Kimberly Hopkin '19
I’m glad we can agree on one thing: treating celebrities’ political opinions like every other citizen’s opinion. To me, that means they should have a free right to assert their First Amendment right on any issue they see fit. If you see a celebrity espousing an opinion that you don’t agree with, then either ignore them or politely engage in some free speech of your own. Think about it, we don’t say “Janet, you’re a dentist – what qualifications do you have to discuss politics?” Why do we get to say, “Matt Damon is just an actor who is unqualified to discuss American politics that he finds important”?
I think the key problem here is that celebrities have a naturally larger audience than Mike from Accounting. I appreciate that turning on the television during the election cycle can sometimes feel like opposing viewpoints forcing themselves into your home. I also understand that some celebrities, like Lena Dunham, can be especially grating because of the delivery of their views. But you can change the channel, you can refuse to buy their movies or albums, and you can donate that money to whichever cause you like. That’s what happened in 2003 when the Dixie Chicks stated that they were ashamed to be from the same state as the President (at the time, George W. Bush). Their records were no longer played on the radio due to listener request. Though they released one more album, they were never welcomed back into the spotlight. At least these celebrities are associating their names and reputations with the movements about which they feel passionate. I think that engenders more discussion and the ability for average citizens to choose whether they want to discredit the information they are receiving based on the reputation of the source.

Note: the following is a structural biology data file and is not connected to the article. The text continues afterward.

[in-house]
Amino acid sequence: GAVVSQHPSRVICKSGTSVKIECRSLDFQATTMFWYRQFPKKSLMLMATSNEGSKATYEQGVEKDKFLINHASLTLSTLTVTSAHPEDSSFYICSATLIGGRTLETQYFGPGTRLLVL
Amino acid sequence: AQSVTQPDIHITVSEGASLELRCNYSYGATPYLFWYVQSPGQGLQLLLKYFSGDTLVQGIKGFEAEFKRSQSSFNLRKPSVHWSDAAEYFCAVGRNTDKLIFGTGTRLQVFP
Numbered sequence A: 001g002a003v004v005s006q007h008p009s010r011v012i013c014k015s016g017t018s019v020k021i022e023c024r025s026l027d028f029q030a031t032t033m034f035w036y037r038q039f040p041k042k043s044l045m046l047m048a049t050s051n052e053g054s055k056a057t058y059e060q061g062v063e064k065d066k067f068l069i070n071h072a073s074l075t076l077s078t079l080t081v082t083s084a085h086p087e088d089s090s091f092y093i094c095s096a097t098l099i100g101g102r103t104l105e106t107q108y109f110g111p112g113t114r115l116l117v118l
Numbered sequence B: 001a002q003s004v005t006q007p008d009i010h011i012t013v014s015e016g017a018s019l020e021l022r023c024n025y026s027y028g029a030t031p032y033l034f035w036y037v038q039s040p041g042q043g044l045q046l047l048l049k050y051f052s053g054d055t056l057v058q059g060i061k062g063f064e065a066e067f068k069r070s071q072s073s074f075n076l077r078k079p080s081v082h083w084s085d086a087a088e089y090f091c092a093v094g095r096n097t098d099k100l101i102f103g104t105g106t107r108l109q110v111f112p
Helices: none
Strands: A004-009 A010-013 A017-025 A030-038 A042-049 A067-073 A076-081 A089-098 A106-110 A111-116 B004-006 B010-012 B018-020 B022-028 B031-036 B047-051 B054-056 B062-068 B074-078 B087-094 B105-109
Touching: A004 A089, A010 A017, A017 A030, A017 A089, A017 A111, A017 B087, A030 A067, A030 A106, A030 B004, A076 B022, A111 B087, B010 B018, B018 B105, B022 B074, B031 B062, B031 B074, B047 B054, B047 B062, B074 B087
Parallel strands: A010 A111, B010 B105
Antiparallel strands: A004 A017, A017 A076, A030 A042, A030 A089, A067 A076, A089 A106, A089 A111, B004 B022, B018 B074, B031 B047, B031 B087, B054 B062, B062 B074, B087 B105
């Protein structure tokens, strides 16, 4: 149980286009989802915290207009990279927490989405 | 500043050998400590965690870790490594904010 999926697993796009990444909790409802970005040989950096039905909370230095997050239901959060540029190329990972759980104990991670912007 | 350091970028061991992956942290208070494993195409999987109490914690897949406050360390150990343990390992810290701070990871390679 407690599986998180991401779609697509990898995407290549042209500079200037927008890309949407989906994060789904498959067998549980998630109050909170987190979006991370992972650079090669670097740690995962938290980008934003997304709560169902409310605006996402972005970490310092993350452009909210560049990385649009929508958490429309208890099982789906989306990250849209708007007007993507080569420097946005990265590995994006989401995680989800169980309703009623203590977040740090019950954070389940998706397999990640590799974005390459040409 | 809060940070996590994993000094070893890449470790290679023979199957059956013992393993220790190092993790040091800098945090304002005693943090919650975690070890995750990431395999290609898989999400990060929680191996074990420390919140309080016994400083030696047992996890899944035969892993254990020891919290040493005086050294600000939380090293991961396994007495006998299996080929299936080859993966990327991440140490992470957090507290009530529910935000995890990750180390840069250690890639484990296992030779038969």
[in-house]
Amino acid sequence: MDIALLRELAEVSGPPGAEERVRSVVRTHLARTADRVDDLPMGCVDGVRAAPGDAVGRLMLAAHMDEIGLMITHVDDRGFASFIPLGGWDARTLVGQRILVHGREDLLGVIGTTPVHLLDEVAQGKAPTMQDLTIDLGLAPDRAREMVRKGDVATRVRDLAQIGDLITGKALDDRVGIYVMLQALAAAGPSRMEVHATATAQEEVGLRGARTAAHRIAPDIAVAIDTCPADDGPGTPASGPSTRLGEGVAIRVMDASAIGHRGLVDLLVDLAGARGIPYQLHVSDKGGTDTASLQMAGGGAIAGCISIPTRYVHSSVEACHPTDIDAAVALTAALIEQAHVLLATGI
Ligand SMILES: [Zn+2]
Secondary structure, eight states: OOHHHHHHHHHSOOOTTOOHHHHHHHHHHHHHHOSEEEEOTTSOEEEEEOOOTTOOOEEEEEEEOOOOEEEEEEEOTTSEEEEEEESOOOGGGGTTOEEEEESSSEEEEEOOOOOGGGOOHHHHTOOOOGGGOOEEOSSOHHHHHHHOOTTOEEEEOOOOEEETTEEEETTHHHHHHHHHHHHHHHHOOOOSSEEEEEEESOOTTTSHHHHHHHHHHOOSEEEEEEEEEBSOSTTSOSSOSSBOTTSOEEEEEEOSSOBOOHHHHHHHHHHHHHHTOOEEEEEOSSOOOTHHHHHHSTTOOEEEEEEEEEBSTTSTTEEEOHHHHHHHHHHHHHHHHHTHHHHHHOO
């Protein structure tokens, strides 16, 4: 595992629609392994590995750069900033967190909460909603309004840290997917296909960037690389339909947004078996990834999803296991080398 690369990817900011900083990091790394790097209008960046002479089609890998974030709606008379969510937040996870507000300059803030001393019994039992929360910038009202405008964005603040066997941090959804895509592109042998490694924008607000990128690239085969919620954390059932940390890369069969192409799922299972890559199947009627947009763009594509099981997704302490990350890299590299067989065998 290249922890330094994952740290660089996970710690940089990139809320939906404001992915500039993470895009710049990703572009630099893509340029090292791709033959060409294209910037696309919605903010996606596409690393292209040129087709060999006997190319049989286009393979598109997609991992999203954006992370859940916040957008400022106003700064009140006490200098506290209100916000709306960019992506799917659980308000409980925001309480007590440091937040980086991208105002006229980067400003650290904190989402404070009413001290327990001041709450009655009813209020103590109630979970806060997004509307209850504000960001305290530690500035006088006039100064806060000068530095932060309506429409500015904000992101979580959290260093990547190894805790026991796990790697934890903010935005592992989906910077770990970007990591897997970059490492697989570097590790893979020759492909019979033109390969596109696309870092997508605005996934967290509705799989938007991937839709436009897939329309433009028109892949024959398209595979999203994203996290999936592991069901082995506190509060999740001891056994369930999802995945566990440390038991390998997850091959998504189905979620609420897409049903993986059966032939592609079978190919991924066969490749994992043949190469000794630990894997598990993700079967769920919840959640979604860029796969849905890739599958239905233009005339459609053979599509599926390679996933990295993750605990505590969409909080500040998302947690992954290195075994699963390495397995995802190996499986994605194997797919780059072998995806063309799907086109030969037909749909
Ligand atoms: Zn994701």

I think it’s convenient that, during the Election Cycle, President Donald Trump was rebranded as a “businessman” after starring on his own reality show and enjoying celebrity status prior to running for office. But since that’s an extremely touchy subject right now, I’ll discuss other entertainment stars who have thrived using political opinions. For instance, former President Ronald Reagan was an actor before he pursued politics. Whether or not you agree with some of the policies he enacted (or the treatment of minorities under his administration), he enjoys a reputation as a lauded politician. There’s also former California Governor Arnold Schwarzenegger, Senator Al Franken, Congressman Sean Duffy (of The Real World fame), and Governor Jesse Ventura just to name a few. I don’t thinkthese politicians’ celebrity status takes away from their political accomplishments; I think it’s a testament to the American political process. That’s one of the best features of the United States; anyone can run for office and change what they don’t like about the government. Having a celebrity who is not interested in enacting any public policy changes decline to run for office does not logically mean no celebrities should be able to run for office. It also has nothing to do with every American’s right to affect the political process through free speech.
I think public perception of celebrities using their status to portray their political views is sharply divided based on whether or not you view the statements as cries for publicity. There are celebrities who use political comments as ways to garner publicity, but I think American political agents also use celebrities for publicity. Both the Democratic National Convention and the Republican National Convention booked celebrities to increase interest and viewership of the proceedings. Although Hollywood typically leans towards liberalism, Bruce Willis, Sylvester Stallone, and Clint Eastwood have all publicly endorsed previous Republican candidates for the presidency. When people pick and choose which celebrities are allowed to have an opinion, and which should shut up and dance, they tend to choose based on whether or not they already agree with their politics. Therefore, I don’t think allowing celebrities to discuss politics on talk shows, or to post about political rallies they attend actually has a negative consequence on the American political system. Just because something annoys you on TV or Instagram doesn’t mean you have the right to demand they silence their free speech.